Coyohuacan (Mdz5v)

Coyohuacan (Mdz5v)
Compound Glyph

Glyph or Iconographic Image Description: 

This compound glyph for the place name Coyohuacan (or Coyoacán, as spelled and accented in contemporary Mexican Spanish) includes two principal features. One is a coyote (coyotl), and the other is a hole [coyoctli in the animal's body. The coyote is sitting on its haunches, with its front legs extended. It is in profile, facing to the viewer's left. Its red tongue is protruding. The locative suffix (-can), which says "where," is not shown visually. The second feature is hole, a small circle, white in the middle and located on the animal's side, between the abdomen and the back. The animal has a terracotta color. Black lines show a texturing of the animal's coat, and wispy hairs stick out on the animal's back. A tail extends out a bit from the animal, on the viewer's right.

Description, Credit: 

Stephanie Wood

Added Analysis: 

The "coyoc-" of hole provides a phonetic reinforcement for the "coyo" of coyote. This helps clarify that this is not a dog. The -hua- is a possessor suffix that attaches to nouns. This is to say that this is a place that has coyotes.

Added Analysis, Credit: 

Stephanie Wood

Gloss Image: 
Gloss Diplomatic Transcription:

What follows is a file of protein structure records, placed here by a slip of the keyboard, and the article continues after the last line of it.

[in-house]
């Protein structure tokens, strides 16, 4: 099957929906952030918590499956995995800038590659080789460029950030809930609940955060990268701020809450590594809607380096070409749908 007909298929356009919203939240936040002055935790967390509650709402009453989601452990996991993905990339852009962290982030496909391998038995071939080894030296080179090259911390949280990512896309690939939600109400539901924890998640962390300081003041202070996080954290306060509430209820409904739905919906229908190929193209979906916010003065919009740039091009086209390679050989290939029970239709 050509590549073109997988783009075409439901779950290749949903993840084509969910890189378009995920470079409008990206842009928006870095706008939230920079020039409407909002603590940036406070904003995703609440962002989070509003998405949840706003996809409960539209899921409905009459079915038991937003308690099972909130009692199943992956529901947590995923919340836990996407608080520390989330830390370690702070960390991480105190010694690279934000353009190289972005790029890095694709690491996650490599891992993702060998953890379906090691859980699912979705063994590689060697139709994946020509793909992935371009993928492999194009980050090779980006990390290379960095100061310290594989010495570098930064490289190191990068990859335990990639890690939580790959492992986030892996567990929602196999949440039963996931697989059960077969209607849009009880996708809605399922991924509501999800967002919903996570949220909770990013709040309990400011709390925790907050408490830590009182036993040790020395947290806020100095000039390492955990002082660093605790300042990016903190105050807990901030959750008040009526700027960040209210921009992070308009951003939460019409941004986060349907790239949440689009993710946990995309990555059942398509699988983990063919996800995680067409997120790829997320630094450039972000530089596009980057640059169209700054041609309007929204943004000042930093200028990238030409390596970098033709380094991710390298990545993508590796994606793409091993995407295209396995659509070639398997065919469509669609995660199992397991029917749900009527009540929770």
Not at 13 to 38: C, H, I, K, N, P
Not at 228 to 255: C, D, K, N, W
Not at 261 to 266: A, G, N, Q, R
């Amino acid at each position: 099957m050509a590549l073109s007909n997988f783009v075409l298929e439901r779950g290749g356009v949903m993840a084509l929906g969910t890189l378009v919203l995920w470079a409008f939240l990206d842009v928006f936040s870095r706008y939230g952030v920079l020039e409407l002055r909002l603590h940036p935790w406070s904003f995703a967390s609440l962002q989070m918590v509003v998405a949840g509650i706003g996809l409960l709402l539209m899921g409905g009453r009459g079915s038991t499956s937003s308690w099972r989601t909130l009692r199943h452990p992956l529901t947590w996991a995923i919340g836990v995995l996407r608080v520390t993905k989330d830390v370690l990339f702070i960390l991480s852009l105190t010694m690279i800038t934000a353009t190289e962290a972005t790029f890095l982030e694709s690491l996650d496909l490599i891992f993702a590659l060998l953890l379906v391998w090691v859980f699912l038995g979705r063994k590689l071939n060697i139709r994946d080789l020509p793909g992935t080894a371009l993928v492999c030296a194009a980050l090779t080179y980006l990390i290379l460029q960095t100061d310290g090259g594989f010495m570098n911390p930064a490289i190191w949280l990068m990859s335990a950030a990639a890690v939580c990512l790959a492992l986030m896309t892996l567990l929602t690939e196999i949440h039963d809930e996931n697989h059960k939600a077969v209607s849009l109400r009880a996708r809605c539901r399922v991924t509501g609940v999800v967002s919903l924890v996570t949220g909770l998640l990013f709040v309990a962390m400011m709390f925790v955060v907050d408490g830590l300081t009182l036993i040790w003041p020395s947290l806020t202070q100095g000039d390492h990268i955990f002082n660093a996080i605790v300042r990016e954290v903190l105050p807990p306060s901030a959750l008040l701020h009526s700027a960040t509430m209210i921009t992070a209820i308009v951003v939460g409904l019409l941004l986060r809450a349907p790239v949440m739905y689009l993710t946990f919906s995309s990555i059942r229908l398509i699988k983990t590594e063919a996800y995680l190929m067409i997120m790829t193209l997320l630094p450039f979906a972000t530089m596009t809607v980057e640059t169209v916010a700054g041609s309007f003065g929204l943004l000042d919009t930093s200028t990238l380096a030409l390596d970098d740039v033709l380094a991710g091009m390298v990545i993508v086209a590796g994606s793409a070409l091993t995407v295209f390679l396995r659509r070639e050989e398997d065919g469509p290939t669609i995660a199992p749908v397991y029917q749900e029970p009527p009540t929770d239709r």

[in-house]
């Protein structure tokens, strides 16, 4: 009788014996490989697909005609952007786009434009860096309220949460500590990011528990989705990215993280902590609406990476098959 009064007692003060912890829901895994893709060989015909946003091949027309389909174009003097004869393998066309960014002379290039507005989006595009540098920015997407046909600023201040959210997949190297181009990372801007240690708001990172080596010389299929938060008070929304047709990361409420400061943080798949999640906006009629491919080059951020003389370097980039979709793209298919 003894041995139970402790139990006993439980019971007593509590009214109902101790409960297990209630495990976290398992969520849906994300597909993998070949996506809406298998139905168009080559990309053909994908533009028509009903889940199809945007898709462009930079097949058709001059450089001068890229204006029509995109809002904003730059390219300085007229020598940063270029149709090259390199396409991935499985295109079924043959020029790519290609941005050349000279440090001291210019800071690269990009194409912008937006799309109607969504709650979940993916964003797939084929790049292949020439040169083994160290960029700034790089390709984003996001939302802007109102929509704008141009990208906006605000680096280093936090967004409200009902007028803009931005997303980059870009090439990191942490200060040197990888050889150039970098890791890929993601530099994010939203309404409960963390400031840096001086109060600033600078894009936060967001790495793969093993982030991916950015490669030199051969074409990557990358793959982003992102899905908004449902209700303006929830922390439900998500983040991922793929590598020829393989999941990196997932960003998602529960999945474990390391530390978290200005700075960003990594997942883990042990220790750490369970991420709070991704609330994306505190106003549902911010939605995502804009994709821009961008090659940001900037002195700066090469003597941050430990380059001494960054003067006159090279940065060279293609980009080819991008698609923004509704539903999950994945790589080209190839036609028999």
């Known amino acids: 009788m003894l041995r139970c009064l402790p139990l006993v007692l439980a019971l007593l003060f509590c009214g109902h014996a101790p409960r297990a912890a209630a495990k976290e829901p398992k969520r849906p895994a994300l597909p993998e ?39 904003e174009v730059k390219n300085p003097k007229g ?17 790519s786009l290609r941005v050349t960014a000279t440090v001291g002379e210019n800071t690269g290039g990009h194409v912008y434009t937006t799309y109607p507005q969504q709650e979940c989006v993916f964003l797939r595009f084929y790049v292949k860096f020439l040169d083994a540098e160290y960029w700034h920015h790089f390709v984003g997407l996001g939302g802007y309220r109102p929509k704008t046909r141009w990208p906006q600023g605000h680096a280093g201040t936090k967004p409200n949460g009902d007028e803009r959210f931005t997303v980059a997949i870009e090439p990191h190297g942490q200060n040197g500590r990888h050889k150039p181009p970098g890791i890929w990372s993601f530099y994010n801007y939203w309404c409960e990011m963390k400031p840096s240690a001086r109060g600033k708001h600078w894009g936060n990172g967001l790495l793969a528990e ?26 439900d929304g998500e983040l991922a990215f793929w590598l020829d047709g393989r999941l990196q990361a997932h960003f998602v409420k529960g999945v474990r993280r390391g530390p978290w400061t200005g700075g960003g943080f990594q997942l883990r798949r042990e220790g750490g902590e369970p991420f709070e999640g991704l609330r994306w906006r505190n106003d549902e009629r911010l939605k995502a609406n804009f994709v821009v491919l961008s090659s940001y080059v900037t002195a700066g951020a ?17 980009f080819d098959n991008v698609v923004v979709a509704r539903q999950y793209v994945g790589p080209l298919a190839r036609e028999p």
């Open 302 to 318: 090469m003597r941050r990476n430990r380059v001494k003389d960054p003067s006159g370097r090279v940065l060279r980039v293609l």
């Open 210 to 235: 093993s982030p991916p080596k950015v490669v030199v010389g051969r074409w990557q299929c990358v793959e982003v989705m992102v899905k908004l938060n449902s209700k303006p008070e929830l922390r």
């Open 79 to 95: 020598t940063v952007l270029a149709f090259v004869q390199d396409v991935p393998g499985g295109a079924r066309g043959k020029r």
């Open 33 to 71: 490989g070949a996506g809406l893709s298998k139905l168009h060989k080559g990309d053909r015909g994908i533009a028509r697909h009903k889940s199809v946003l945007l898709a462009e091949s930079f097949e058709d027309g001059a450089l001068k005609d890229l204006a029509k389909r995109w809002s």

coyuacan. puo

Gloss Normalization: 

Coyohuacan, pueblo (Coyoacán, today)

Gloss Analysis, Credit: 

Stephanie Wood

Source Manuscript: 
Date of Manuscript: 

c. 1541, or by 1553 at the latest

Creator's Location (and place coverage): 

Mexico City

Semantic Categories: 
Cultural Content, Credit: 

Stephanie Wood

Reading Order (Compounds or Simplex + Notation): 

coyotes, holes, huecos

Glyph or Iconographic Image: 
Relevant Nahuatl Dictionary Word(s): 
Karttunen’s Interpretation: 

"Place Where People Have Coyotes" (likening this term to the one for Michhuacan, where people have fish) [Frances Karttunen, unpublished manuscript, used here with her permission.]

Additional Scholars' Interpretations: 

"Place of the Lean Coyotes" (Berdan and Anawalt, 1992, vol. 1, p. 181; the "lean" part points to the Nahuatl adjective for lean, huacqui, in their view)

Glyph/Icon Name, Spanish Translation: 

"Donde Hay Coyotes"

Spanish Translation, Credit: 

Stephanie Wood

Image Source: 
Image Source, Rights: 

The Bodleian Libraries, University of Oxford, hold the original manuscript, the MS. Arch. Selden. A. 1. This image is published here under the UK Creative Commons, “Attribution-NonCommercial-ShareAlike 3.0 License” (CC-BY-NC-SA 3.0).